Monday, August 22, 2011

The General Theory as an Anti-Marxist Treatise

LK has a good post clearing up Ralph Raico's perennial confusion (unless it's deliberate?) about Keynes. This is tough work - I can tell you from experience. Addressing insane arguments like Keynes was a Nazi sympathizer or Keynes was a Communist sympathizer is tiring because you're never quite sure if they're being genuine or malicious or if it's even worth your time. If the misinformation spreads, it probably is worth your time. If it stays in the guilty party's head you know it's rare that you're going to convince them so maybe it's not worth the effort.

Anyway, it's a good post if you're interested in the question of whether Keynes sympathized with Communists (spoiler: no, he didn't), but I was particularly intrigued by the extended quotation of Keynes's famous letter to George Bernard Shaw that LK provides. Most people know the one line where Keynes says in 1935 that he expects the General Theory to revolutionize economics. This is the whole passage:

"Thank you for your letter. I will try to take your words to heart. There must be something in what you say, because there generally is. But I’ve made another shot at old K.[arl] M.[arx] last week, reading the Marx-Engels correspondence just published, without making much progress. I prefer Engels of the two. I can see that they invented a certain method of carrying on and a vile manner of writing, both of which their successors have maintained with fidelity. But if you tell me that they discovered a clue to the economic riddle, still I am beaten – I can discover nothing but out-of-date controversialising.

To understand my state of mind, however, you have to know that I believe myself to be writing a book on economic theory which will largely revolutionalise – not, I suppose, at once but in the course of the next ten years – the way the world thinks about economic problems. When my new theory has been duly assimilated and mixed with politics and feelings and passions, I can’t predict what the final upshot will be in its effect on action and affairs. But there will be a great change, and, in particular, the Ricardian foundations of Marxism will be knocked away

There's lots of interesting stuff in here. It accomplishes LK's task of abolishing this idea that Keynes had any respect for Communists. It also has a revealing sentence towards the end that notes Keynes is well aware of potential public choice problems in public finance, but (rightly) recognizes that this is not a good reason to fail to produce good economic science. But the sentence that I've bolded is what really intrigues me. We all know Keynes was gunning for the Ricardians and the Classics. But here he says that "in particular" the Ricardian foundations of Marxism would be finally finished off by the General Theory - in particular. There's a lot wrong with Classical economics - or roughly the economics of the last three quarters of the 19th century and the first quarter of the 20th century, and Keynes criticizes much in this tradition. What seems to have bothered him in particular is the foundation it laid for the real plague of the 20th century: Communism.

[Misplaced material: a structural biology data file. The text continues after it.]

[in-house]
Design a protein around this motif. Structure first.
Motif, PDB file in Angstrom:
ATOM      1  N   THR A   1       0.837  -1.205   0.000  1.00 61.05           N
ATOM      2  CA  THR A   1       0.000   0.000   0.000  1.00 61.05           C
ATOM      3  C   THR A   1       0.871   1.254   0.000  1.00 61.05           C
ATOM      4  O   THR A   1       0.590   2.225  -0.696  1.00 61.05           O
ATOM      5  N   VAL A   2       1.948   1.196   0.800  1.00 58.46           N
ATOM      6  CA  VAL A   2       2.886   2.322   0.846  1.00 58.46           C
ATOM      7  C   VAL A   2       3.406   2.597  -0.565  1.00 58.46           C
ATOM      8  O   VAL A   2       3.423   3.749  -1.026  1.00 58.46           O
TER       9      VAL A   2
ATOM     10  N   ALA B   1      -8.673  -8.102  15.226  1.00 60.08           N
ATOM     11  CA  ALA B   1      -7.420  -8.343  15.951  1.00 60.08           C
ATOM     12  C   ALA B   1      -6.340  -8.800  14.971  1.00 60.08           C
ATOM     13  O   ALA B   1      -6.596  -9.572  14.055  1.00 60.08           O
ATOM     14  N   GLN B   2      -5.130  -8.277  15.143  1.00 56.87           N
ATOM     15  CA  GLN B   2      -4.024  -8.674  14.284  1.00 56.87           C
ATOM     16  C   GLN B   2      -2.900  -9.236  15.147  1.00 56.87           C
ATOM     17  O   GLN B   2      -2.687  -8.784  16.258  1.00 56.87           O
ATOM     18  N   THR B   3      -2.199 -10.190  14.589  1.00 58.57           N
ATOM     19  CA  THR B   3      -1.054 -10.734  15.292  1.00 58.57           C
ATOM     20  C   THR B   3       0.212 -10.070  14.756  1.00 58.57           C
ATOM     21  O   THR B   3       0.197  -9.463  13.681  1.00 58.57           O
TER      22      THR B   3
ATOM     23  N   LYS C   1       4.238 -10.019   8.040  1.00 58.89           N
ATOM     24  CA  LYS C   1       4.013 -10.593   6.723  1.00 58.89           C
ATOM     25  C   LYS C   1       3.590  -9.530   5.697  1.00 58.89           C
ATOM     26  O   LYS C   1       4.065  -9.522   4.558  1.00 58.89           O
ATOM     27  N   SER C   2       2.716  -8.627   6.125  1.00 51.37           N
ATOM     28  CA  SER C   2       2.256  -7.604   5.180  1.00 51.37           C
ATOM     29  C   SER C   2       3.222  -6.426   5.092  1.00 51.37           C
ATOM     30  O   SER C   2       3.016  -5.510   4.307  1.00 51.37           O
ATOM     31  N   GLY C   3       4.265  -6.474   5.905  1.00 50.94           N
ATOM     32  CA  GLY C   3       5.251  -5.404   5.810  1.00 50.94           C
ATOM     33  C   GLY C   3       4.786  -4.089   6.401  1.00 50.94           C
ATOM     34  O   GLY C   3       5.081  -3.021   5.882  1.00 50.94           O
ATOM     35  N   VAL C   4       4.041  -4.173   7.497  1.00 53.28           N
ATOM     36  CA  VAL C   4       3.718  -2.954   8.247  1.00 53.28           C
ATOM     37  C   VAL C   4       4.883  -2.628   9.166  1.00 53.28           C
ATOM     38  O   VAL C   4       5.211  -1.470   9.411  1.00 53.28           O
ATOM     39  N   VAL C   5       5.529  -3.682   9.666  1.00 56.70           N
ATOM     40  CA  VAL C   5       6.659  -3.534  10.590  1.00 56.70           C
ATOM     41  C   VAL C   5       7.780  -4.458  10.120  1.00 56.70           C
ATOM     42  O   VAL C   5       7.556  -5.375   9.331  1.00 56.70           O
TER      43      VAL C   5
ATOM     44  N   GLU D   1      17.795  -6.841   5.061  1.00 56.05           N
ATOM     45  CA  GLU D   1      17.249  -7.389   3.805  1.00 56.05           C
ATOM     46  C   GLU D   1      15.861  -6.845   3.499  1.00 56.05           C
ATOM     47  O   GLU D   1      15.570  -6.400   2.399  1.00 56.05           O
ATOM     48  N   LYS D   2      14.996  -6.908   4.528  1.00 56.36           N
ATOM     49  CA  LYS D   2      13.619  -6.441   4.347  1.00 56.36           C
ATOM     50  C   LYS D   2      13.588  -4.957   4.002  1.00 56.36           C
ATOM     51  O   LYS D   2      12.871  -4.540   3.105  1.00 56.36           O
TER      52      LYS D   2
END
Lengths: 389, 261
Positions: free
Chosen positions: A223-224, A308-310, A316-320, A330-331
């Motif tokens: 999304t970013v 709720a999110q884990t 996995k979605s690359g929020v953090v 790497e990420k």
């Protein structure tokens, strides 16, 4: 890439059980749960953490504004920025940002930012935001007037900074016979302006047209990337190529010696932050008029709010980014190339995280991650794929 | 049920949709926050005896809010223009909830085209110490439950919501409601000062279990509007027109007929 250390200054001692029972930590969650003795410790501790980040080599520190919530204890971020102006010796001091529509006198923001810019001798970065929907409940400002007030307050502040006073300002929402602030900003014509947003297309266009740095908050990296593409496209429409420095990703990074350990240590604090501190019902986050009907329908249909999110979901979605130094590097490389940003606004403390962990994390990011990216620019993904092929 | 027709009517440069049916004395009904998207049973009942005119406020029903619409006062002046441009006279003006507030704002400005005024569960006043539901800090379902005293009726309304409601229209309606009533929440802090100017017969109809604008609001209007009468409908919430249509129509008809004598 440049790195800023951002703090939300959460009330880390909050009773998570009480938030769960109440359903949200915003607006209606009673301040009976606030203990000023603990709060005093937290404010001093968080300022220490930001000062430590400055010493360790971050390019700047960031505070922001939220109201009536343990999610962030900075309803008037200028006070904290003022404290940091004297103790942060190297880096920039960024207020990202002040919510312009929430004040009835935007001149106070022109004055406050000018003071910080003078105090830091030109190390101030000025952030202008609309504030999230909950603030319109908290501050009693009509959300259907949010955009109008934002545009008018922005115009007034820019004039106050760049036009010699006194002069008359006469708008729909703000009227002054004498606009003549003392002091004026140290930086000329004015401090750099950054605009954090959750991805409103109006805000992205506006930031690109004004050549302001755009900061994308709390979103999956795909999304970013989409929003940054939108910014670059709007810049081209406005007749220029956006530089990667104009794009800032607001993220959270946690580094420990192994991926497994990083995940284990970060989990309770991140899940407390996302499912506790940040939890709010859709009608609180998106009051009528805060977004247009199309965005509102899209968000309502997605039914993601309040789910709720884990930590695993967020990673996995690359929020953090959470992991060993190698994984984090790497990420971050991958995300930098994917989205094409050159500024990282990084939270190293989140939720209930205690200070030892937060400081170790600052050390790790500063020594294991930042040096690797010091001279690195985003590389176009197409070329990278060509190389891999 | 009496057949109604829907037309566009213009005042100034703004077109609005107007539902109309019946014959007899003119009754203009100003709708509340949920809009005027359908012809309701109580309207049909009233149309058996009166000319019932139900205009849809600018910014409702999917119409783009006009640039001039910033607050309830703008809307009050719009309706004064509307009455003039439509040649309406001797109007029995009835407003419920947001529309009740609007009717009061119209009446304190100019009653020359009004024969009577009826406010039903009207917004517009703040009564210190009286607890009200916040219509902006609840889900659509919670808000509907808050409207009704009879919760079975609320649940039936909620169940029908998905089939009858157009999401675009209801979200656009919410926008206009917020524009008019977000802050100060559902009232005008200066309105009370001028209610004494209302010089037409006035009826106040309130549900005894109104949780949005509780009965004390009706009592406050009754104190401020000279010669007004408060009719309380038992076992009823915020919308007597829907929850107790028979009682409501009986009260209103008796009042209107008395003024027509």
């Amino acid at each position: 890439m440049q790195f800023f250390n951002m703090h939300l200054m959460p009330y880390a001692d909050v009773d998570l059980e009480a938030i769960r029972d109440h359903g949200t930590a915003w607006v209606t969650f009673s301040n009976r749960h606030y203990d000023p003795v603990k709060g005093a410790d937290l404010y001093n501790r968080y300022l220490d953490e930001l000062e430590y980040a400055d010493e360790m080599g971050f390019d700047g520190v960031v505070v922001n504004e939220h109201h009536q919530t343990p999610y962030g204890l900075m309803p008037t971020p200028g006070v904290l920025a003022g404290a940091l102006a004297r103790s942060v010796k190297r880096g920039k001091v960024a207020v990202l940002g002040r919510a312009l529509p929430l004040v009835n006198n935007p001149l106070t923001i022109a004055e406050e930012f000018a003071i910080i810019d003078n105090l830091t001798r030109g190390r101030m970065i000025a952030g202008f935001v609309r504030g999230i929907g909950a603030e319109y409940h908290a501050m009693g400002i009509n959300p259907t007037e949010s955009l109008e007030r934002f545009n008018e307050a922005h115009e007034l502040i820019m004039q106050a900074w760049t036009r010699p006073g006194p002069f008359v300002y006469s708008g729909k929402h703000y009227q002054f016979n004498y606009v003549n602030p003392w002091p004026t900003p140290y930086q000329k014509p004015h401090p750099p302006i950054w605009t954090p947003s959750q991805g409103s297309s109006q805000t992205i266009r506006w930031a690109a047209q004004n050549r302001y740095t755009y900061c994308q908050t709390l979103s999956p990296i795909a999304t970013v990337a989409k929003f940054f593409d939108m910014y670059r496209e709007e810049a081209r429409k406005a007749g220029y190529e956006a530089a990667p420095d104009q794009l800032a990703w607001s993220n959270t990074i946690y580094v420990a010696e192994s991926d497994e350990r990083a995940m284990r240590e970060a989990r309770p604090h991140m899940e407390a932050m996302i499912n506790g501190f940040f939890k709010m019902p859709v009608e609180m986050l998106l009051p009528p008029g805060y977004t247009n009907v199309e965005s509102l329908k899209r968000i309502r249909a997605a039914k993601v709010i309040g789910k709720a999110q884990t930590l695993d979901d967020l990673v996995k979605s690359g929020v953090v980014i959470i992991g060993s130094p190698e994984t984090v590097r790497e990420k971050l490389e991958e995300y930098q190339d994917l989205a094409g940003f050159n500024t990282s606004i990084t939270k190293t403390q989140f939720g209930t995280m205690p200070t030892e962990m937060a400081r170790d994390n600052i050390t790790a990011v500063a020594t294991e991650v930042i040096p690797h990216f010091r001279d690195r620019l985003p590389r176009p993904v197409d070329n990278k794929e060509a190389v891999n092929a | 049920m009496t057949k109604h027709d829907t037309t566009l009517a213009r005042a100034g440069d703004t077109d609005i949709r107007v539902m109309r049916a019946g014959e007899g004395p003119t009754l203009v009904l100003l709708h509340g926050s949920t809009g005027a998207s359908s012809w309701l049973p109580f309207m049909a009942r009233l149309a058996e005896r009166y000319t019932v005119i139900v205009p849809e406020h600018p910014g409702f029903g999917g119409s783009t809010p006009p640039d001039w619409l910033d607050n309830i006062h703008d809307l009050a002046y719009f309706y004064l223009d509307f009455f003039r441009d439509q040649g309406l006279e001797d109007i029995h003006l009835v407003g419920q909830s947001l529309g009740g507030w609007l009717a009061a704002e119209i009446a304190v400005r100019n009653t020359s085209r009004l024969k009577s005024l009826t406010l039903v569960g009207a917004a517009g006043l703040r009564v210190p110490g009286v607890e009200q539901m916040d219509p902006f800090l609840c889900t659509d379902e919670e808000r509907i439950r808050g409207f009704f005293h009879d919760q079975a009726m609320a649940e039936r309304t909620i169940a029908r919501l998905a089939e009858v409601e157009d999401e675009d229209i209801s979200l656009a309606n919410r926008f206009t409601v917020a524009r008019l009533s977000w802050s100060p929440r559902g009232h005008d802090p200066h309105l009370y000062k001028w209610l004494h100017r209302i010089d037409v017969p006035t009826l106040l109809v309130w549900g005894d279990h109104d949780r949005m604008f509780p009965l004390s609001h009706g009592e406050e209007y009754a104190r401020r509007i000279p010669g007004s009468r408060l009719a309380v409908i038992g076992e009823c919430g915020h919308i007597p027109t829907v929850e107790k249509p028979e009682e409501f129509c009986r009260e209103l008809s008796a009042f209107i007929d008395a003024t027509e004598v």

1. I am going to say something outrageous, though.

    What exactly is wrong with being a sympathiser of Nazis and Communists? That's not the same thing as being a Nazi or a Communist.

    If we were all good men, would we not be sympathisers of all of humanity? It doesn't take much effort to have a little sympathy for the Germans, who worked so hard to unite as a nation and rise up in economic power before losing so much after World War I. It doesn't take much effort to have a little sympathy for the Russian people, who faced enemies abroad and at home, from either cruel rulers or greedy foreign conquerors.

    That said, Keynes' quotes show he is not a sympathiser at all. He is, in no uncertain terms, repulsed by new ideological movements.

  2. I don't think you have to say Keynes was a Nazi or Communist sympathizer to be highly critical of his notions regarding human beings, or what the state could do to human beings. He definitely had a "create new men" streak in him, which was so commonplace across the ideological spectrum in the post-WWI era. Much of this is illustrated by his own way off predictions (that only a few old men would fight his nostrums, etc. and that they would eventually forget why they were doing that, that twenty years hence from our time the love of the acquisition of money would old-fashioned and banished apparently by social custom, etc.).

  3. Prateek - in the sense of sympathizing with all of humanity, I'd agree with you. I think the implication is sympathizing with the ideology and with its implementation - that's obviously what people have a problem with.

    Keynes actually offers a great example of someone who had a lot of sympathy for the humiliated German people after WWI without embracing Nazism.


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